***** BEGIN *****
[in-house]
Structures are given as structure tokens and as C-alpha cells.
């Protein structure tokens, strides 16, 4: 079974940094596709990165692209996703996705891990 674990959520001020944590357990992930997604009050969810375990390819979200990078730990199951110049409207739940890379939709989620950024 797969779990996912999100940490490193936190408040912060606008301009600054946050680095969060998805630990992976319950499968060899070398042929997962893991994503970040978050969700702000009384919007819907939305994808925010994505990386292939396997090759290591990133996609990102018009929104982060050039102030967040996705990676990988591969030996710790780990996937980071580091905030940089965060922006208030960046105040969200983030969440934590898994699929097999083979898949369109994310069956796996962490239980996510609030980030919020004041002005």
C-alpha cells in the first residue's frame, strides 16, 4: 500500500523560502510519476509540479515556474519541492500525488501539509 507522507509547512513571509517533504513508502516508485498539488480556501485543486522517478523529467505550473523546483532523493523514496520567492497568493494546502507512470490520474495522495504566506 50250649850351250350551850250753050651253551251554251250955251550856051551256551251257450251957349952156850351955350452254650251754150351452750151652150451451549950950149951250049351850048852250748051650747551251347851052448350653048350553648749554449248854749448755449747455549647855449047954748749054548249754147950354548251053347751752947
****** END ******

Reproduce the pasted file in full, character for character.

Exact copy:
[in-house]
Structures are given as structure tokens and as C-alpha cells.
């Protein structure tokens, strides 16, 4: 079974940094596709990165692209996703996705891990 674990959520001020944590357990992930997604009050969810375990390819979200990078730990199951110049409207739940890379939709989620950024 797969779990996912999100940490490193936190408040912060606008301009600054946050680095969060998805630990992976319950499968060899070398042929997962893991994503970040978050969700702000009384919007819907939305994808925010994505990386292939396997090759290591990133996609990102018009929104982060050039102030967040996705990676990988591969030996710790780990996937980071580091905030940089965060922006208030960046105040969200983030969440934590898994699929097999083979898949369109994310069956796996962490239980996510609030980030919020004041002005």
C-alpha cells in the first residue's frame, strides 16, 4: 500500500523560502510519476509540479515556474519541492500525488501539509 507522507509547512513571509517533504513508502516508485498539488480556501485543486522517478523529467505550473523546483532523493523514496520567492497568493494546502507512470490520474495522495504566506 50250649850351250350551850250753050651253551251554251250955251550856051551256551251257450251957349952156850351955350452254650251754150351452750151652150451451549950950149951250049351850048852250748051650747551251347851052448350653048350553648749554449248854749448755449747455549647855449047954748749054548249754147950354548251053347751752947